Three weeks ago I got to do a 58-mile mixed surface ride, about an hour or so southwest of Jacksonville, that had a bit of everything. A perfect ride, really. One highlight was riding through Etoniah Creek State Forest. We don't get pine forests like this further south where I live.

Dqj2qyWh.jpg



We also don't get many of these great canopied roads...

cg92ZvLh.jpg




I got in two rides west of Gainesville (location of University of Florida) this past weekend. The first was a not quite 62-mile mixed surface ride on various rural roads. This one was a new challenge with more varied terrain than I get closer to home. Didn't grab any pics during the ride since it was a faster-paced affair. It was a group ride, but dang they were fast. I got dropped after 15 minutes, but luckily I was able to team up with one other rider.

After miles and miles of farm and low-traffic roads, having a gray bike is an advantage. It hides just how dusty it was. ;)

bwUhpvdh.jpg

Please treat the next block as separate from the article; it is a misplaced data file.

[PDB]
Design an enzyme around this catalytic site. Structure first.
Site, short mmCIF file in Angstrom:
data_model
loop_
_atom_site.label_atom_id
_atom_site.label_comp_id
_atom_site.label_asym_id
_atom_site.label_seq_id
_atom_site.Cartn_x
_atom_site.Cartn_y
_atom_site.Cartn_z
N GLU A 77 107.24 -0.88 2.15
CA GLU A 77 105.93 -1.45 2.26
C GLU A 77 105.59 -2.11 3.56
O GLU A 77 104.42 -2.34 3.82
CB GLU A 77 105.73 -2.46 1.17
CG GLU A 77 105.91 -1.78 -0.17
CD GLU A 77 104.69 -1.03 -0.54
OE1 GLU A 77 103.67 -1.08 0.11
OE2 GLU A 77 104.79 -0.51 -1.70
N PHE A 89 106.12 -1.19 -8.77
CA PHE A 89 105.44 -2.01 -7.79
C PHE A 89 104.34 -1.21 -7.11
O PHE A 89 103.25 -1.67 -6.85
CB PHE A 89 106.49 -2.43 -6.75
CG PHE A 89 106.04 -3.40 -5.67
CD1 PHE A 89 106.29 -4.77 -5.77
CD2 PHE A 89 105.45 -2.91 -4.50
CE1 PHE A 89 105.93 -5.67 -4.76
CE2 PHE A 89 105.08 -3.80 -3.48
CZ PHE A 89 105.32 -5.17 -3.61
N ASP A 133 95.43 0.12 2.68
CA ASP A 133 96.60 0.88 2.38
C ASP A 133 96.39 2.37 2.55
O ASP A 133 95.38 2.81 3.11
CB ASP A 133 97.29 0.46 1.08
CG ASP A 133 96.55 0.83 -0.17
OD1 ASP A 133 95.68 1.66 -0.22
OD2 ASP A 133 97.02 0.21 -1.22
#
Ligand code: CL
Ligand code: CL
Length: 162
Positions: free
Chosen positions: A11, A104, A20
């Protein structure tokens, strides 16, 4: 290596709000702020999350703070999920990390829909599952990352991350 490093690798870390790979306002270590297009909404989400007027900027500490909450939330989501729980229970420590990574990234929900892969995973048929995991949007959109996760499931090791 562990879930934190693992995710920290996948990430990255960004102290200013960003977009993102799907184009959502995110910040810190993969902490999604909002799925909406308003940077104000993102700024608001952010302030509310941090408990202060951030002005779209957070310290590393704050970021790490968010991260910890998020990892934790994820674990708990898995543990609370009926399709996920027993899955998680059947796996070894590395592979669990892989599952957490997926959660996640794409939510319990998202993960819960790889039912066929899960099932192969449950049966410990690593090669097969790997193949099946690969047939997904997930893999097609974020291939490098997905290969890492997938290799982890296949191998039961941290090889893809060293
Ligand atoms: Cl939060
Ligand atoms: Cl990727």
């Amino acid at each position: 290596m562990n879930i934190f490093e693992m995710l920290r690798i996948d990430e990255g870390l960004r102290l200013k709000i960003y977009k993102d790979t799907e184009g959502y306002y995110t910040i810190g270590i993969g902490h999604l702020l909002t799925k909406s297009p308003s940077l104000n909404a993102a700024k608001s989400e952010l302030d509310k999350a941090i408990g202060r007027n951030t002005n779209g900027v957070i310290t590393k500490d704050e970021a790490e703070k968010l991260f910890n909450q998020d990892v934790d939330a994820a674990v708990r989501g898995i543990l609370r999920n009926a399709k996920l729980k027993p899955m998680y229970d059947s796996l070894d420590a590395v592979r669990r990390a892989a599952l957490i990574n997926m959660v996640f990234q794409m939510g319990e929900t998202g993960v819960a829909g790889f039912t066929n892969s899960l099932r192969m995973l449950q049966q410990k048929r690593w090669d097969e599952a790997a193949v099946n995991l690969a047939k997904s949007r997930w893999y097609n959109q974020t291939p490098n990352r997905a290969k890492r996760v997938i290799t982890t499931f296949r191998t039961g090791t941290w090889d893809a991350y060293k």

Sunday, I met up with the Florida Gravel Biking group, who happened to also have events planned not far away. These are social rides and keep a comfy pace. It was supposed to be a recovery ride, but it ended up being 27 miles and the pace got away from me a bit. Oh well, it was an excellent route on an unpaved road in a place called Devil's Hammock. I'd love to know how it got its name.

Action shot! I'm in the foreground here. It was a good sized group, which always makes things fun.

ppSErW0h.jpg




Thanks to my bike I have seen so many areas of my home state that I wouldn't have seen otherwise. I've developed a new appreciation of the vast areas of minimally developed land.
Garrett, that looks like a fantastic area to play/ride in!
 

dmatthews

Dave's not here...
Joined
Apr 26, 2012
Messages
10,356
Location
Vancouver, B.C. Canada
NRD... New Rack Day!

My Topeak Beamrack just doesn't work for the Stance because of the rear suspension. Back tire keeps hitting/rubbing on the bottom of the rack, so...

Enter the Topeak Tetrarack M2L. This device attaches to the rear seat stays and feels quite robust.
After fumbling around for a minute or two I had it installed in about 15 minutes including adjustments.
Total weight allowed is only about 25lbs, but that should be OK for what I want to use it for.

One lovely thing about this setup is that I get to keep the tool/trunk bag on as the Beamrack necessitated its removal.







Has the same connection method so my bag/pannier slides in and locks nicely.